Someone familiar with the theology of my background read my introduction and wrote, "I resonated with what you said about if you asked your family / husband, they wouldn't have thought they were being abusive.  So true, their thinking gets all turned and twisted, they don't know which way is up."

I laughed about that comment, since my other blogsite is called exactly that: Hey! Which Way is Up?, written at an earlier time during my healing journey. How fitting!

"Amongst other things, your book is a thriller! So many terrifying scenes, I was sitting on the edge of my seat!!" ~ an ex-member.

"I started reading your book and it made me cry," confessed a man I know.

It made a man cry?

"Why?" I was fishing for his insights.

"You show how really vulnerable children are," he paused and answered thoughtfully. Then he shook his head and continued, "Some parents really shouldn't be parents."

My parents didn't necessarily "choose" parenthood. They didn't know about birth control or parenting. They did what their parents did and their parents' before them. And they didn't always make healthy choices.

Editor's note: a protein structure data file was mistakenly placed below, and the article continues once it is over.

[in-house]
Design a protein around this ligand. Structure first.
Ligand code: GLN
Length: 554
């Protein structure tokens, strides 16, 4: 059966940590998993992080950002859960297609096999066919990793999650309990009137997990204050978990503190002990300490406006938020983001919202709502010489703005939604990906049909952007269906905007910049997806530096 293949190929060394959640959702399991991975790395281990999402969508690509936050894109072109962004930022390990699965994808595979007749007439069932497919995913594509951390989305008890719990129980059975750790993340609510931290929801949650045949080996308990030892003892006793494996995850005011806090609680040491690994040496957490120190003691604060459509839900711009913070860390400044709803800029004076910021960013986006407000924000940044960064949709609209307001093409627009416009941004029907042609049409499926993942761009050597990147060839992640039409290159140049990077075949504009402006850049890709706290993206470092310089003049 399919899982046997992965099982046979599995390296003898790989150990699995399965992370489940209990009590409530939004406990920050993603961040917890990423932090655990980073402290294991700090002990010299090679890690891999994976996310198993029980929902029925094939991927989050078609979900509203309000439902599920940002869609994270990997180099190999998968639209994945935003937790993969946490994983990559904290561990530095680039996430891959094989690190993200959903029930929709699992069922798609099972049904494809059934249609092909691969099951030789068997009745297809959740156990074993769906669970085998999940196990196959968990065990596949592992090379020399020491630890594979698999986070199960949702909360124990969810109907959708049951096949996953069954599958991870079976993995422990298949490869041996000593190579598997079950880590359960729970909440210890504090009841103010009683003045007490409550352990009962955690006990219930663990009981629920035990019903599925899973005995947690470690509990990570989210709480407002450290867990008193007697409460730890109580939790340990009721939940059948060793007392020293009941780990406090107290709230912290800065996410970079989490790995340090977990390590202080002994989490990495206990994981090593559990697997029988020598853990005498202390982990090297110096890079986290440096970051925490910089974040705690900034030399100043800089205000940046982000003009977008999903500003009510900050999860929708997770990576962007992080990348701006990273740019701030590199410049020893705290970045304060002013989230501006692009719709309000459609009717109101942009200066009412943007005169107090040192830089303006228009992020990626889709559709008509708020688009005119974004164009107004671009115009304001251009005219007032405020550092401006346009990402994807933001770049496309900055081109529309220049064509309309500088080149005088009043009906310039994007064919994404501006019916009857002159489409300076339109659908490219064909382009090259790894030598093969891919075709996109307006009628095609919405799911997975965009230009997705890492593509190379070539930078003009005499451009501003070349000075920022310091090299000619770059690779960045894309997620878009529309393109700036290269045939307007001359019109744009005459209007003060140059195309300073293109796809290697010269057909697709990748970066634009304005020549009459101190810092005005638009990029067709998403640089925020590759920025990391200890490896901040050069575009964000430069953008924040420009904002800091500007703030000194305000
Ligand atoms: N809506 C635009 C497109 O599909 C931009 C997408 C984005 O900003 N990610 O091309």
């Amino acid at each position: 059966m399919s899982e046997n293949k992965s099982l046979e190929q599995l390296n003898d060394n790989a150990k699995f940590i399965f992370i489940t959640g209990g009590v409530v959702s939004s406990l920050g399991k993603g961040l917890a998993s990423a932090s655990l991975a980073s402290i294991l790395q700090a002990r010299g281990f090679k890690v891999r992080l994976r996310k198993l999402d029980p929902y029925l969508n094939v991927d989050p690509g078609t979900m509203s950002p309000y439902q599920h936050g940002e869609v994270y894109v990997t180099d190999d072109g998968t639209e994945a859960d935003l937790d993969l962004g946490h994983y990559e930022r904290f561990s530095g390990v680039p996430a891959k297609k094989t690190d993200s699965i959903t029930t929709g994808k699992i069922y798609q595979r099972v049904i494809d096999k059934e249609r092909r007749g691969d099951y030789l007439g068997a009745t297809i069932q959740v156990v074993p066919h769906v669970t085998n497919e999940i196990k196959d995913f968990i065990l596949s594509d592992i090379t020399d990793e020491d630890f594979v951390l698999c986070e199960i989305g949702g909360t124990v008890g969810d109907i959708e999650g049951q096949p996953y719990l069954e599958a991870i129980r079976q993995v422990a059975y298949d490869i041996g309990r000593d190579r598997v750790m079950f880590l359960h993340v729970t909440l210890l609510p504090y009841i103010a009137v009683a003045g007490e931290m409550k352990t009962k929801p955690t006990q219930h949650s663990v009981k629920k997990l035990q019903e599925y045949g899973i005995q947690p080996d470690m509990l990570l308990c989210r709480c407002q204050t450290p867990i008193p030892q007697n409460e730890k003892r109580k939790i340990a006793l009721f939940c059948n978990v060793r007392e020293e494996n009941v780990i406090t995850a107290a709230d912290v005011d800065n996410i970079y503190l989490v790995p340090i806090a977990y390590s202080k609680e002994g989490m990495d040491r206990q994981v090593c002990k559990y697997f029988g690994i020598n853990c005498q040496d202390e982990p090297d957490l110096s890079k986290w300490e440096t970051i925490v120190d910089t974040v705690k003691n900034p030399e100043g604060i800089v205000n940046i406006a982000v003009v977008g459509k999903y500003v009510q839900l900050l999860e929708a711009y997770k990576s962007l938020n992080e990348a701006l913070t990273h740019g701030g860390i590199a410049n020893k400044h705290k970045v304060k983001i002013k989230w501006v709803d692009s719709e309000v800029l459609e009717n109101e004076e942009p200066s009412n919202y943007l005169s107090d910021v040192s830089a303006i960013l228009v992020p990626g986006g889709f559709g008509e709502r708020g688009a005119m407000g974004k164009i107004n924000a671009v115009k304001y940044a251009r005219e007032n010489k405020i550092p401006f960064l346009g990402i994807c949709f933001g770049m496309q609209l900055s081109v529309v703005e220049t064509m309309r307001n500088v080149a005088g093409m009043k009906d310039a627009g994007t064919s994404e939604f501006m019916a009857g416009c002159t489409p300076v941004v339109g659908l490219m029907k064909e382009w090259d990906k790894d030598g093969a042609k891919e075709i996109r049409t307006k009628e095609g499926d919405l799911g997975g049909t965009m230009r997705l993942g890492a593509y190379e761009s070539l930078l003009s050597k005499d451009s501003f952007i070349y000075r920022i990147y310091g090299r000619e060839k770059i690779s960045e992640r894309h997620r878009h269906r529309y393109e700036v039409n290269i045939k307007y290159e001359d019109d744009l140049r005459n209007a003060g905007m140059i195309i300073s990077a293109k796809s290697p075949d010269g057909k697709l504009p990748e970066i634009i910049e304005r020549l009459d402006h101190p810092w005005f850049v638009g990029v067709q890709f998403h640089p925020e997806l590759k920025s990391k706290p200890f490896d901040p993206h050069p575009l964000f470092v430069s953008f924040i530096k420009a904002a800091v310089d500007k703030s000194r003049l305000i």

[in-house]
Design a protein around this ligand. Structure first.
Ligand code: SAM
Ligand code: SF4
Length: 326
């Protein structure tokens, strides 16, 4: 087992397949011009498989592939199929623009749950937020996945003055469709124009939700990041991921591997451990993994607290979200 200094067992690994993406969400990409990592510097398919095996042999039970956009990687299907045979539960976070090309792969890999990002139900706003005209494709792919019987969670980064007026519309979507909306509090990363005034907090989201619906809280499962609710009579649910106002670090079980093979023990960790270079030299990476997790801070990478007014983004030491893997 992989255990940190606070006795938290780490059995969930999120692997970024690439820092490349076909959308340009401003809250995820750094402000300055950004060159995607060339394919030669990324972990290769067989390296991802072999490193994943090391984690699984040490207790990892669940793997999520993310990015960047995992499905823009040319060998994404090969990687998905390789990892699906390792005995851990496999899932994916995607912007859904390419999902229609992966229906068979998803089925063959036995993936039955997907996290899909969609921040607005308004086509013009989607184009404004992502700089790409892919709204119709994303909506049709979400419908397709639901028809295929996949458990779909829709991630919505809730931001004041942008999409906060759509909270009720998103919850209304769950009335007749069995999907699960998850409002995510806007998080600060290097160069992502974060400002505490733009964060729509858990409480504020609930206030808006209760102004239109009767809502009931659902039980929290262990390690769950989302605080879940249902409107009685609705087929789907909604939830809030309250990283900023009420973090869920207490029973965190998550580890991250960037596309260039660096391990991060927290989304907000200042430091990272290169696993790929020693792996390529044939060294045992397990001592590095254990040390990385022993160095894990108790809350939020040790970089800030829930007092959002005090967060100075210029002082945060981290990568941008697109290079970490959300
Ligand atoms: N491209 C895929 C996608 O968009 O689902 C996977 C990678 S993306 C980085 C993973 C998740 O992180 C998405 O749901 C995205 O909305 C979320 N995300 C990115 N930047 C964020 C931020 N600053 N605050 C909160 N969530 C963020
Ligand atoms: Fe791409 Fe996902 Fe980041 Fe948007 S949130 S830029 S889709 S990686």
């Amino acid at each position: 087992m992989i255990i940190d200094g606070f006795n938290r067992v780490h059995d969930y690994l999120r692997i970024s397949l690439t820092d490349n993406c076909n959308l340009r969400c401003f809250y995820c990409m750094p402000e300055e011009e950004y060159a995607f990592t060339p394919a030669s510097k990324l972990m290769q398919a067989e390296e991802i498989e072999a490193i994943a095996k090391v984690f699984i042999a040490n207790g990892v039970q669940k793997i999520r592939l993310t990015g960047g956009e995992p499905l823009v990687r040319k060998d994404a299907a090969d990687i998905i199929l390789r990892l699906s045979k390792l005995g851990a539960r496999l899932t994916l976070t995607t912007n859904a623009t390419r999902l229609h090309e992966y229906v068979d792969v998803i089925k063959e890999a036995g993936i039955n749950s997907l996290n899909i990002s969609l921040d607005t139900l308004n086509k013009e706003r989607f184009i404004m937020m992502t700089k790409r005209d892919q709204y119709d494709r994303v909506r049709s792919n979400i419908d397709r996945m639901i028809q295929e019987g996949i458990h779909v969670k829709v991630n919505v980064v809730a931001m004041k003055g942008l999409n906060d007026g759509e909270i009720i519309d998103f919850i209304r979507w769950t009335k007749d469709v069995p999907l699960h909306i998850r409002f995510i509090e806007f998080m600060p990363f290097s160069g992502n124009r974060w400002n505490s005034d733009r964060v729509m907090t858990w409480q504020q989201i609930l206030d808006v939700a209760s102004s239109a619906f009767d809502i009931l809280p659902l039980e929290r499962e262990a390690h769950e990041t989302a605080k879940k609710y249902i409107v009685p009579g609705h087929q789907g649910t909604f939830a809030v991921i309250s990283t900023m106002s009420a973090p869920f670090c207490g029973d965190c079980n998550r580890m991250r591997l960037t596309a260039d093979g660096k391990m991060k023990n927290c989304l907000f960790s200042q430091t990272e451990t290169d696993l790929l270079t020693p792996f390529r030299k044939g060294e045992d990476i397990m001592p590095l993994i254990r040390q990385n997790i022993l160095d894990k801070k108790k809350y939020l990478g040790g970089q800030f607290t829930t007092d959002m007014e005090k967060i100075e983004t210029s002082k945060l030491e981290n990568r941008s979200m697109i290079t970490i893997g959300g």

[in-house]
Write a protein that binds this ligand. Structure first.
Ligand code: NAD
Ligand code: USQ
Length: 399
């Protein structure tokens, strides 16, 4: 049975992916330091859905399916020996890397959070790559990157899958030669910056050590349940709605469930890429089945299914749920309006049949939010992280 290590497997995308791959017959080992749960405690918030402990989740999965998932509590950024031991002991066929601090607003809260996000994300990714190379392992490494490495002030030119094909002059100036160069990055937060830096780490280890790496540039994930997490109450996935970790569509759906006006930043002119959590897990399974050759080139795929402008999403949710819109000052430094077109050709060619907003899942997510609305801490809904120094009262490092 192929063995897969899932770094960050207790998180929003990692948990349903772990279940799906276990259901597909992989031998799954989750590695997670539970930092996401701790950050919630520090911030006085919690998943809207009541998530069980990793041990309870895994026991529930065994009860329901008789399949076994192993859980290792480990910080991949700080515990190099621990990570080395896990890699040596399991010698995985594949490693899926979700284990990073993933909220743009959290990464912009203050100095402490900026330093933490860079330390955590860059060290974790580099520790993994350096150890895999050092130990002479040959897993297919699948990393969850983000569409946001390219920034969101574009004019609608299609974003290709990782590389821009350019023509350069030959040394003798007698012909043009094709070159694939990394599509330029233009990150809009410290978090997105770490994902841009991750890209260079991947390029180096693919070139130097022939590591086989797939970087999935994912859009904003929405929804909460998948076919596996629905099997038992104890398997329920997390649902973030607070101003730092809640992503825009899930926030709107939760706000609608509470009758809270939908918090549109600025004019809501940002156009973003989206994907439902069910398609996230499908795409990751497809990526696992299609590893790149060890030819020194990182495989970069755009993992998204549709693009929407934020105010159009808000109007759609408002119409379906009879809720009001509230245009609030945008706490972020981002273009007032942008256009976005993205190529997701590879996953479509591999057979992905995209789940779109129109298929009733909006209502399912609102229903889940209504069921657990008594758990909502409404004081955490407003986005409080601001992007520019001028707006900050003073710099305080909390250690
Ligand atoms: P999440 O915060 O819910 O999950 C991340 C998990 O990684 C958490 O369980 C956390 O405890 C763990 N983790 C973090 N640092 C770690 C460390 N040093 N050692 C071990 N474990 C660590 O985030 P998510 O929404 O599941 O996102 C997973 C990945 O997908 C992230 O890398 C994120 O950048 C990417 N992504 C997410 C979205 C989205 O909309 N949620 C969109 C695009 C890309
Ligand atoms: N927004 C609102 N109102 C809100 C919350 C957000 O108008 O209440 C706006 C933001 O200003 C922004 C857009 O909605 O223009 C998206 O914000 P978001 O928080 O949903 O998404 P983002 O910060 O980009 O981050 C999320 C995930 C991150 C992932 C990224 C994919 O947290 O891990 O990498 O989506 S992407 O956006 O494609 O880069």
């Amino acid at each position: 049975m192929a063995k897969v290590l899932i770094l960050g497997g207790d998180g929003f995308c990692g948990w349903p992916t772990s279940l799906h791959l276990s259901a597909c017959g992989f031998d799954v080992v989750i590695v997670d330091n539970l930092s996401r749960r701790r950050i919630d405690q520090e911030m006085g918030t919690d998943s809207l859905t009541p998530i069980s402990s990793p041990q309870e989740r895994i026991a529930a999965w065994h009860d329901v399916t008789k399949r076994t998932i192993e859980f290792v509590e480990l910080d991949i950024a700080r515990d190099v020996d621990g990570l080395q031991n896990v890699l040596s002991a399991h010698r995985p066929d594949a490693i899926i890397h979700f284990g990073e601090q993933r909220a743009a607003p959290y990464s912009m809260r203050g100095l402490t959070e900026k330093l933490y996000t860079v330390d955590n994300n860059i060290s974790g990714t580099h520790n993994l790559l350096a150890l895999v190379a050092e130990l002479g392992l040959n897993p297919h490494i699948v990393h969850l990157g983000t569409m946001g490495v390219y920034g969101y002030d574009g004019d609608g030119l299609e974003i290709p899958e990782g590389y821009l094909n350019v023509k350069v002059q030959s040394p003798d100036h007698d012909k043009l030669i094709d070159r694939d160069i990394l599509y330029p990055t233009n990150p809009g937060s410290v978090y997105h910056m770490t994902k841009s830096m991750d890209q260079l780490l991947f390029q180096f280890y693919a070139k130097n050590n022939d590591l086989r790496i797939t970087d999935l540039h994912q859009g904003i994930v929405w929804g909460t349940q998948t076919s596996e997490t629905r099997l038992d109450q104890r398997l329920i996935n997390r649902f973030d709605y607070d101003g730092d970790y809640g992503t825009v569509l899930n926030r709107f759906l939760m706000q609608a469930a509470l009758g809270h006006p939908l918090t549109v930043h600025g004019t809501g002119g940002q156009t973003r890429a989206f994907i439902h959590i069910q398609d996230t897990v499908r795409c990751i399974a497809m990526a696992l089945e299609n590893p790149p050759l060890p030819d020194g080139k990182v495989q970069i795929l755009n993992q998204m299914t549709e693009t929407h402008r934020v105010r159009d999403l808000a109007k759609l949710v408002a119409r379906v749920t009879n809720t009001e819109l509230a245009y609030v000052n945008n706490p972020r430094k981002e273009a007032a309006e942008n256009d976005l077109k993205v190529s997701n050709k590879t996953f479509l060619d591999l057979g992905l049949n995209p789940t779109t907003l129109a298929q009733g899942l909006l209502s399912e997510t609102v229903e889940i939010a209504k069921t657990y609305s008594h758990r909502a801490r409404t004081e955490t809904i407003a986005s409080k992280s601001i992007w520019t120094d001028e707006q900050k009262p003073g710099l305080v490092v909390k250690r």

But knowledge is abundant in our modern age. Good books abound, if we are discerning. Good and not-so-good therapists abound, too. One must "shop" for a good one — someone with whom they resonate. Someone trained in their specific area of dysfunction.

So I told my friend, "I wrote the book from the perspective of my earliest recollections so that readers can get a sense of what its like growing up in a dysfunctional family where 'God says' — virtually everything, no matter how crazy it sounds!" I drew quotes with my fingers around "God says," punctuating my point about throwing religion into an already warped situation.

Thank you again readers for expressing your comments about the book. These really help a self-published author such as myself to gain recognition and credibility!

Follow on Twitter: @_phoenixoffaith
Copyright © 2013.